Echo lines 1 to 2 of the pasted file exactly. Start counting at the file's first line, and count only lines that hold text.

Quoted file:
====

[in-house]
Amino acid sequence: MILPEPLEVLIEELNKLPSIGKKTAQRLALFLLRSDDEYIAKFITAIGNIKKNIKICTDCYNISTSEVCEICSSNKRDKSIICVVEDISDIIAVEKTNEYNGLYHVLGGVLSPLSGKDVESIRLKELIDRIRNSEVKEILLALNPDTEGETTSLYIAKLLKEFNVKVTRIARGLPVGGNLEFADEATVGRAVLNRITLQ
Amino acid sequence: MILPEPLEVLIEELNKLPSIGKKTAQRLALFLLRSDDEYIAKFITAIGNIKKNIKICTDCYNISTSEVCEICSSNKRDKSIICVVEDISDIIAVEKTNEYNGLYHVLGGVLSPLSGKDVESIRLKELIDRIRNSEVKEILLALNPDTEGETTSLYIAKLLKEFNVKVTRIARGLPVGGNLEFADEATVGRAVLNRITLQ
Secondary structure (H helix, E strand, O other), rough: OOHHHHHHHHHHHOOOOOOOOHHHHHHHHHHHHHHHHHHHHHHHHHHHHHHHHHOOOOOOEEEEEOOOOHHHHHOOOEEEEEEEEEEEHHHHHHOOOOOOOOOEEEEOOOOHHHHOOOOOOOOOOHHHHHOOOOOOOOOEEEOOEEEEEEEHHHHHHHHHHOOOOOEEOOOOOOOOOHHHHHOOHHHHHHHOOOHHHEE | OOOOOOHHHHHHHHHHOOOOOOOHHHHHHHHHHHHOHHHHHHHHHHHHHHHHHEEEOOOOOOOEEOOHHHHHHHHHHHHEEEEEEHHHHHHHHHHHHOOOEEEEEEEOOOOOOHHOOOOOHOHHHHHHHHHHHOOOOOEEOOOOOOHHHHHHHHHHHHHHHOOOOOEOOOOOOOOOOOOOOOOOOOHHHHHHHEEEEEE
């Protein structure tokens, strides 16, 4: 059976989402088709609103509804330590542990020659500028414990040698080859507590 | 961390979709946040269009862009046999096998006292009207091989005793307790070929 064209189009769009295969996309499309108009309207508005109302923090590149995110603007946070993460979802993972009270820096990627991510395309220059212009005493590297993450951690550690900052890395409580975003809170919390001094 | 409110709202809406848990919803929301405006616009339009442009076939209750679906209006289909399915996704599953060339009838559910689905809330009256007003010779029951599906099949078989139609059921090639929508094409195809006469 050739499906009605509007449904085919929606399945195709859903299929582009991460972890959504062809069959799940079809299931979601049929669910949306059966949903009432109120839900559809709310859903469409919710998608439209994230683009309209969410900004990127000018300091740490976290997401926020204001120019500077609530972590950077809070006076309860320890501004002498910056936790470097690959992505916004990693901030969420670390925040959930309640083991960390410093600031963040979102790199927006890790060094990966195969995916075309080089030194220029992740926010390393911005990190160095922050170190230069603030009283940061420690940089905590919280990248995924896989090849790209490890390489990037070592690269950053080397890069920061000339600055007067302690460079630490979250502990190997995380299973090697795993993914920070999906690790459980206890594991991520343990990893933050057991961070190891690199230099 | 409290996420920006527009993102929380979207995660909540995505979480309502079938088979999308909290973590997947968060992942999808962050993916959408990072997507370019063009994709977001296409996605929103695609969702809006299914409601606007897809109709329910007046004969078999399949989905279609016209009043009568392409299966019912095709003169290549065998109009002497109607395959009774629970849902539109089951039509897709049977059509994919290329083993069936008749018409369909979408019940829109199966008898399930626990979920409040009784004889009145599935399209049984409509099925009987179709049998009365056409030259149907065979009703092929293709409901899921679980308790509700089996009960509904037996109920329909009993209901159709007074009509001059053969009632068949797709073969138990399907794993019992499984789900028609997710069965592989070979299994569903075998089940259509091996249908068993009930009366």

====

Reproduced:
[in-house]
Amino acid sequence: MILPEPLEVLIEELNKLPSIGKKTAQRLALFLLRSDDEYIAKFITAIGNIKKNIKICTDCYNISTSEVCEICSSNKRDKSIICVVEDISDIIAVEKTNEYNGLYHVLGGVLSPLSGKDVESIRLKELIDRIRNSEVKEILLALNPDTEGETTSLYIAKLLKEFNVKVTRIARGLPVGGNLEFADEATVGRAVLNRITLQ